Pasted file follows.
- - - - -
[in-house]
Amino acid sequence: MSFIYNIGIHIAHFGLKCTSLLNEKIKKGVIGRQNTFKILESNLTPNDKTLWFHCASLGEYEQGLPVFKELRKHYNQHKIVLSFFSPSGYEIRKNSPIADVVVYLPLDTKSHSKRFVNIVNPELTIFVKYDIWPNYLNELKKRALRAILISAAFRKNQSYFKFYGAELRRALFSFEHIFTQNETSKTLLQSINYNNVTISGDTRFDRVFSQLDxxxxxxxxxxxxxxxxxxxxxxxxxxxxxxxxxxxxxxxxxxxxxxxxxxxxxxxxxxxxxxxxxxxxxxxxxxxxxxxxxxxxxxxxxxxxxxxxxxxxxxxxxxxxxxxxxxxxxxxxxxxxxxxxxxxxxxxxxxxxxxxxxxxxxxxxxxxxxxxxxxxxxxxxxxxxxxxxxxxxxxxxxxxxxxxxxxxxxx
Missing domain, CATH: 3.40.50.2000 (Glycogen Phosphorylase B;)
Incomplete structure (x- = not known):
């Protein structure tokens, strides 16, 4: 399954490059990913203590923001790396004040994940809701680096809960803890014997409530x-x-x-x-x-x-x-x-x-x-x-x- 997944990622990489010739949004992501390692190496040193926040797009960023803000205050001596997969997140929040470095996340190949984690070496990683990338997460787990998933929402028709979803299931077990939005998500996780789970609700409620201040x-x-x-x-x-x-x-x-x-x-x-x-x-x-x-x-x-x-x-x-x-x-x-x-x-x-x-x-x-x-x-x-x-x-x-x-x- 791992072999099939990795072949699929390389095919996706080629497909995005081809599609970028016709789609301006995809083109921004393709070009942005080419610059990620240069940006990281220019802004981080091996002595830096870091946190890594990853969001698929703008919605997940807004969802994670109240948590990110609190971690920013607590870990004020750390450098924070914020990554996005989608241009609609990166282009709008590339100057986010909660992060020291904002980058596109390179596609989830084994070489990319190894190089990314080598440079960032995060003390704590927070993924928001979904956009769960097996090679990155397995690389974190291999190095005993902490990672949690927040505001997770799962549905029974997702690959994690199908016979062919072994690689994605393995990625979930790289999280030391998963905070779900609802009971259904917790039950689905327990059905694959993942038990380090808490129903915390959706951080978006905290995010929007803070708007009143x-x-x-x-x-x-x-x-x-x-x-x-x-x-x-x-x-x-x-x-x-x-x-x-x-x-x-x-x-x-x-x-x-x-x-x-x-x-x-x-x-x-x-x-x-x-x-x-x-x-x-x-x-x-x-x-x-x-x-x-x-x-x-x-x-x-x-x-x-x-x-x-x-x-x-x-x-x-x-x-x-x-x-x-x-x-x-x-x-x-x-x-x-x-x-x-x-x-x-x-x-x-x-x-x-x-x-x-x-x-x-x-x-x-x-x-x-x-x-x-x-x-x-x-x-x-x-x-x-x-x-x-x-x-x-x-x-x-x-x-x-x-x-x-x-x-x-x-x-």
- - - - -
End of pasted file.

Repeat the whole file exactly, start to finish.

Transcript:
[in-house]
Amino acid sequence: MSFIYNIGIHIAHFGLKCTSLLNEKIKKGVIGRQNTFKILESNLTPNDKTLWFHCASLGEYEQGLPVFKELRKHYNQHKIVLSFFSPSGYEIRKNSPIADVVVYLPLDTKSHSKRFVNIVNPELTIFVKYDIWPNYLNELKKRALRAILISAAFRKNQSYFKFYGAELRRALFSFEHIFTQNETSKTLLQSINYNNVTISGDTRFDRVFSQLDxxxxxxxxxxxxxxxxxxxxxxxxxxxxxxxxxxxxxxxxxxxxxxxxxxxxxxxxxxxxxxxxxxxxxxxxxxxxxxxxxxxxxxxxxxxxxxxxxxxxxxxxxxxxxxxxxxxxxxxxxxxxxxxxxxxxxxxxxxxxxxxxxxxxxxxxxxxxxxxxxxxxxxxxxxxxxxxxxxxxxxxxxxxxxxxxxxxxxx
Missing domain, CATH: 3.40.50.2000 (Glycogen Phosphorylase B;)
Incomplete structure (x- = not known):
């Protein structure tokens, strides 16, 4: 399954490059990913203590923001790396004040994940809701680096809960803890014997409530x-x-x-x-x-x-x-x-x-x-x-x- 997944990622990489010739949004992501390692190496040193926040797009960023803000205050001596997969997140929040470095996340190949984690070496990683990338997460787990998933929402028709979803299931077990939005998500996780789970609700409620201040x-x-x-x-x-x-x-x-x-x-x-x-x-x-x-x-x-x-x-x-x-x-x-x-x-x-x-x-x-x-x-x-x-x-x-x-x- 791992072999099939990795072949699929390389095919996706080629497909995005081809599609970028016709789609301006995809083109921004393709070009942005080419610059990620240069940006990281220019802004981080091996002595830096870091946190890594990853969001698929703008919605997940807004969802994670109240948590990110609190971690920013607590870990004020750390450098924070914020990554996005989608241009609609990166282009709008590339100057986010909660992060020291904002980058596109390179596609989830084994070489990319190894190089990314080598440079960032995060003390704590927070993924928001979904956009769960097996090679990155397995690389974190291999190095005993902490990672949690927040505001997770799962549905029974997702690959994690199908016979062919072994690689994605393995990625979930790289999280030391998963905070779900609802009971259904917790039950689905327990059905694959993942038990380090808490129903915390959706951080978006905290995010929007803070708007009143x-x-x-x-x-x-x-x-x-x-x-x-x-x-x-x-x-x-x-x-x-x-x-x-x-x-x-x-x-x-x-x-x-x-x-x-x-x-x-x-x-x-x-x-x-x-x-x-x-x-x-x-x-x-x-x-x-x-x-x-x-x-x-x-x-x-x-x-x-x-x-x-x-x-x-x-x-x-x-x-x-x-x-x-x-x-x-x-x-x-x-x-x-x-x-x-x-x-x-x-x-x-x-x-x-x-x-x-x-x-x-x-x-x-x-x-x-x-x-x-x-x-x-x-x-x-x-x-x-x-x-x-x-x-x-x-x-x-x-x-x-x-x-x-x-x-x-x-x-």